Freedom on Probation. Probation Service in the Federal Republic of Germany between Rehabilitation and Risk (1950-2000)

Associated PhD project

The suspension of a sentence or part of a sentence on probation is based on the idea of  resocialisation and therefore on the idea that every individual can choose a life without crime. However, the probation system has had varying priorities concerning assistance and control since its institutionalisation in the 1950s. These changing priorities can be better explained by the changing social, media and scientific landscape than by crime statistics. Trends towards less regulation and trends towards more security partially existed simultaneously.

The research looks at probation as a special form of social engineering. In doing so the rules of normative behaviour and their transformation since the 1950s are considered and the political strategies of governmental and non-governmental actors are examined, along with their policies of assistance and control, and it will be established to what extent providers relied on self-regulation. Transnational references are significant because Germany was strongly orientated towards Great Britain, where risk assessment became an important concept for the probation service much earlier than in Germany.

In addition to literature from the fields of criminology and social therapy, files by private and public probation providers offer interesting insights into individual cases. Interviews will also be conducted in order to gather the experiences  of those affected by probation.

Caroline Peters

Centre for Contemporary History
Office: Am Neuen Markt 9d, room 1.23
Phone: 0331/74510-114
Email: caroline.peters [at] zzf-potsdam.de

Forschung

Freedom on Probation. Probation Service in the Federal Republic of Germany between Rehabilitation and Risk (1950-2000)

Associated PhD project

The suspension of a sentence or part of a sentence on probation is based on the idea of  resocialisation and therefore on the idea that every individual can choose a life without crime. However, the probation system has had varying priorities concerning assistance and control since its institutionalisation in the 1950s. These changing priorities can be better explained by the changing social, media and scientific landscape than by crime statistics. Trends towards less regulation and trends towards more security partially existed simultaneously.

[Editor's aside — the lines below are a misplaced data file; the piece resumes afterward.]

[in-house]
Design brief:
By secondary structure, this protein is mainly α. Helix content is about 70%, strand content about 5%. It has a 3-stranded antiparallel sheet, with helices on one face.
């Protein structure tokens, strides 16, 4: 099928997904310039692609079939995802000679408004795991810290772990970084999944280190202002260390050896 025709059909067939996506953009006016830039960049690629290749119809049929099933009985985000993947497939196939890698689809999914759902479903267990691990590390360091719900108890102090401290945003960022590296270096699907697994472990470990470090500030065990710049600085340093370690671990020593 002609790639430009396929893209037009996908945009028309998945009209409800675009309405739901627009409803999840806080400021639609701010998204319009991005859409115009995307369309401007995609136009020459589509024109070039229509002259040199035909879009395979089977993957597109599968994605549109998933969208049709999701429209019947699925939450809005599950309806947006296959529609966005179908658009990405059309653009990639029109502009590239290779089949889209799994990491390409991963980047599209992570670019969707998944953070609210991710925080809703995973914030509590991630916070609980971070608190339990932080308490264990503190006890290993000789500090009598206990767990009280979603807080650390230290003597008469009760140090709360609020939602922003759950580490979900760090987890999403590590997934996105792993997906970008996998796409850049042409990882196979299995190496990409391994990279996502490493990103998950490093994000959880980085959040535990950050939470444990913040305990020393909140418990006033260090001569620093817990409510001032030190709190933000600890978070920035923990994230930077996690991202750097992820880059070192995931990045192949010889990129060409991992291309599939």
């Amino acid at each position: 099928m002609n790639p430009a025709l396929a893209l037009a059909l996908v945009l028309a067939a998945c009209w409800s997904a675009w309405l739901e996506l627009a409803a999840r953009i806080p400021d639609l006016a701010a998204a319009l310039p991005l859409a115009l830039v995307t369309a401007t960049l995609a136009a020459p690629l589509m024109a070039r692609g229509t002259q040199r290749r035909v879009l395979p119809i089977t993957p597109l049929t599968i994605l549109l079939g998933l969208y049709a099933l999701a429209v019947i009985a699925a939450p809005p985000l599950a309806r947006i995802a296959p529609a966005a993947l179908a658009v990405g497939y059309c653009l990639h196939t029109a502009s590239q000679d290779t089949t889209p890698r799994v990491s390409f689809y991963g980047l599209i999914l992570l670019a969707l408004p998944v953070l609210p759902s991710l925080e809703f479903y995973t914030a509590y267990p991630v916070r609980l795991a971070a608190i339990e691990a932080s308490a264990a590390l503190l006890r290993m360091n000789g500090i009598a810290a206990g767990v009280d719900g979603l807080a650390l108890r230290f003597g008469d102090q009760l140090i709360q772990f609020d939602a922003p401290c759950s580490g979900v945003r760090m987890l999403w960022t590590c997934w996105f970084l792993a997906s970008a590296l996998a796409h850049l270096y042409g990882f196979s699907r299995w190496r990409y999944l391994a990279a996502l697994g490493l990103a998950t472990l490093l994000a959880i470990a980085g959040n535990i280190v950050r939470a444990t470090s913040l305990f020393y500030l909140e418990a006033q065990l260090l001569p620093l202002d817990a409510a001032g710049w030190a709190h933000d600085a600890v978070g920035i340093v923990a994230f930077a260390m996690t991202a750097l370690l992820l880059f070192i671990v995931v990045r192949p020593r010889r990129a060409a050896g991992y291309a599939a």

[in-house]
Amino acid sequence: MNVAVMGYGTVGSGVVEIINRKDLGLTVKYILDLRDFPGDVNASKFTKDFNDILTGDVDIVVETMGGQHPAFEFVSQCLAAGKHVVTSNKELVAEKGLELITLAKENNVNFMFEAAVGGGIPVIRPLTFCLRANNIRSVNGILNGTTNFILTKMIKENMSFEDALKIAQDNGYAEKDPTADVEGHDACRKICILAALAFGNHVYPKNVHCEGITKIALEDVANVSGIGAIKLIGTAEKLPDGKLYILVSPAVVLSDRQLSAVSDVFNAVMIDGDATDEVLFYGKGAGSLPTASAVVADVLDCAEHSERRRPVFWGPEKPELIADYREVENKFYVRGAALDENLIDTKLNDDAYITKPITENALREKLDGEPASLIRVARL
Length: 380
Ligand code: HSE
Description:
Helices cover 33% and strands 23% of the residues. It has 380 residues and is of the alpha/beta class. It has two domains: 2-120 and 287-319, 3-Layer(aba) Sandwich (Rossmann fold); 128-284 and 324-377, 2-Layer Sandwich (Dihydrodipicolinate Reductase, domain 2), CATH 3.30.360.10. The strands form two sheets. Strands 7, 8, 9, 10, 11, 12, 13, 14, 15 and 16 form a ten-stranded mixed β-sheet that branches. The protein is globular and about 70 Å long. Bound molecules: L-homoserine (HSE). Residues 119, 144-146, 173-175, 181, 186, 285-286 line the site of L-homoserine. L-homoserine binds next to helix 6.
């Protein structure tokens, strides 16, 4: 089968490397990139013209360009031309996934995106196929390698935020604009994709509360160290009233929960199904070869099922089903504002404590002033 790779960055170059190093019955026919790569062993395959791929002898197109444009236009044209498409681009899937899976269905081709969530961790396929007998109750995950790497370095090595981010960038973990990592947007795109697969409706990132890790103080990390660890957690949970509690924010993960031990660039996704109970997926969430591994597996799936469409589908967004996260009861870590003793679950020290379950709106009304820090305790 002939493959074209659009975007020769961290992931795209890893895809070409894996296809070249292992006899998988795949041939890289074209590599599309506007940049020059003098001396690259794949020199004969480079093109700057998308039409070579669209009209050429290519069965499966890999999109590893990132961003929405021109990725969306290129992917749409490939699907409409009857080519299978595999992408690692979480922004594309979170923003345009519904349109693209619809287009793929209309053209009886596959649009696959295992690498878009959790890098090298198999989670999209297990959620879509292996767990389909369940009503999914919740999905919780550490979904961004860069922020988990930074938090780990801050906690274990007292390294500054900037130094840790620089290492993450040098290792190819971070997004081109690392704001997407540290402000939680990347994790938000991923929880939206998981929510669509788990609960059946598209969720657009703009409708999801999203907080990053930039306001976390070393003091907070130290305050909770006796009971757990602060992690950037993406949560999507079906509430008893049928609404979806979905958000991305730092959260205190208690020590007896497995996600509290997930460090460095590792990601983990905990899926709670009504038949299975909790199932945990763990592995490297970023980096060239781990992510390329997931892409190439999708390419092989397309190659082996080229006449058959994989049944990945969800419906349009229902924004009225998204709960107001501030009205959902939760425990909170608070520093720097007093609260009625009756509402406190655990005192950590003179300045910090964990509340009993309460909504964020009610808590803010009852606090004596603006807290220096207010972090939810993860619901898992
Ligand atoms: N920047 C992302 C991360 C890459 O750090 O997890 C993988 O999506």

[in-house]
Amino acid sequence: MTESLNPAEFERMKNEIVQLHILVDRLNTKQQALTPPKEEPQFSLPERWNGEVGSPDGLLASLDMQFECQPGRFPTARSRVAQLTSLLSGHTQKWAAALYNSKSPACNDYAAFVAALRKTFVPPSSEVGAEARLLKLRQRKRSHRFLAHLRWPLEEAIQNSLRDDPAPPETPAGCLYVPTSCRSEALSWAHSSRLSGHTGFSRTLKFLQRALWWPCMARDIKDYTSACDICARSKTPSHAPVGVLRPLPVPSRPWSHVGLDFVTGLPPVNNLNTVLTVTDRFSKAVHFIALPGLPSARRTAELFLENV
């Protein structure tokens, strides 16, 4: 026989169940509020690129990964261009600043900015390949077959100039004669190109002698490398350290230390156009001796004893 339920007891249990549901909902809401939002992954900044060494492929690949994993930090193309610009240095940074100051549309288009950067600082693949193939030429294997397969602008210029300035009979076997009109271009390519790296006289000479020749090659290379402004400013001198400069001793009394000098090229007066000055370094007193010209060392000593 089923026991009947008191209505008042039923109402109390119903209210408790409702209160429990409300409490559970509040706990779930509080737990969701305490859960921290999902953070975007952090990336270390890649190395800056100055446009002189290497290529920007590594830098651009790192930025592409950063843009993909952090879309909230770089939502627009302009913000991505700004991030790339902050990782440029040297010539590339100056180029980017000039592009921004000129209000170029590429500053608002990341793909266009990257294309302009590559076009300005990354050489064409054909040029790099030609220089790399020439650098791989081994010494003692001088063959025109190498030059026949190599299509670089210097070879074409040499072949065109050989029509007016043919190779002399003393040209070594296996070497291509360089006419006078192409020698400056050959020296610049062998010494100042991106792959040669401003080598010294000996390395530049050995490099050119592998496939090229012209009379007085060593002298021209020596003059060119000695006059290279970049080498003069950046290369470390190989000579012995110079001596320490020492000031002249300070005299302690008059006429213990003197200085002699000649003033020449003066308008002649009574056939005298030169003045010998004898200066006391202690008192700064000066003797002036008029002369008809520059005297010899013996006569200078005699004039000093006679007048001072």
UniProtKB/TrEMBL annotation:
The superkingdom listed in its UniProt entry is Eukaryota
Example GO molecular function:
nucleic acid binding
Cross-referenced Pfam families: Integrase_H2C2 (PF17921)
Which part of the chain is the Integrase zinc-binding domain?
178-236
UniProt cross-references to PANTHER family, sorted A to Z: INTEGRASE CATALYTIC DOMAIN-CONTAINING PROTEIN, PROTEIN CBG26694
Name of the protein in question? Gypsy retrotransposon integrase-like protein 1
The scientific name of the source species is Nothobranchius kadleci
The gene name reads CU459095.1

The research looks at probation as a special form of social engineering. In doing so the rules of normative behaviour and their transformation since the 1950s are considered and the political strategies of governmental and non-governmental actors are examined, along with their policies of assistance and control, and it will be established to what extent providers relied on self-regulation. Transnational references are significant because Germany was strongly orientated towards Great Britain, where risk assessment became an important concept for the probation service much earlier than in Germany.

In addition to literature from the fields of criminology and social therapy, files by private and public probation providers offer interesting insights into individual cases. Interviews will also be conducted in order to gather the experiences  of those affected by probation.

Caroline Peters

Centre for Contemporary History
Office: Am Neuen Markt 9d, room 1.23
Phone: 0331/74510-114
Email: caroline.peters [at] zzf-potsdam.de

Forschung